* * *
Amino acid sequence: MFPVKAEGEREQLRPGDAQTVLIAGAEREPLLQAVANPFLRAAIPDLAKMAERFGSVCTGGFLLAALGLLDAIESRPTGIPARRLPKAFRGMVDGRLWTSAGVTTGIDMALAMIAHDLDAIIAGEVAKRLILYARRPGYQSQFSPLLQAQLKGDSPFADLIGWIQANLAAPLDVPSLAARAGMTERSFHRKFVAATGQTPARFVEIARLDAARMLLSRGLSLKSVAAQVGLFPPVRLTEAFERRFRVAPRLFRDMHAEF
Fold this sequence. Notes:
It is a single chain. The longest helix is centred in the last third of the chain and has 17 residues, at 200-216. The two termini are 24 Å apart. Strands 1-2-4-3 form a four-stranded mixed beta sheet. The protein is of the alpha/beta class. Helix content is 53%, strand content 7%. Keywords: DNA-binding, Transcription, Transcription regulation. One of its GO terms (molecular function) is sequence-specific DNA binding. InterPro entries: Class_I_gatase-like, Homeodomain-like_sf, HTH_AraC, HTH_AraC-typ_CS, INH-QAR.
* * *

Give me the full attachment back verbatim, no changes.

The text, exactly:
Amino acid sequence: MFPVKAEGEREQLRPGDAQTVLIAGAEREPLLQAVANPFLRAAIPDLAKMAERFGSVCTGGFLLAALGLLDAIESRPTGIPARRLPKAFRGMVDGRLWTSAGVTTGIDMALAMIAHDLDAIIAGEVAKRLILYARRPGYQSQFSPLLQAQLKGDSPFADLIGWIQANLAAPLDVPSLAARAGMTERSFHRKFVAATGQTPARFVEIARLDAARMLLSRGLSLKSVAAQVGLFPPVRLTEAFERRFRVAPRLFRDMHAEF
Fold this sequence. Notes:
It is a single chain. The longest helix is centred in the last third of the chain and has 17 residues, at 200-216. The two termini are 24 Å apart. Strands 1-2-4-3 form a four-stranded mixed beta sheet. The protein is of the alpha/beta class. Helix content is 53%, strand content 7%. Keywords: DNA-binding, Transcription, Transcription regulation. One of its GO terms (molecular function) is sequence-specific DNA binding. InterPro entries: Class_I_gatase-like, Homeodomain-like_sf, HTH_AraC, HTH_AraC-typ_CS, INH-QAR.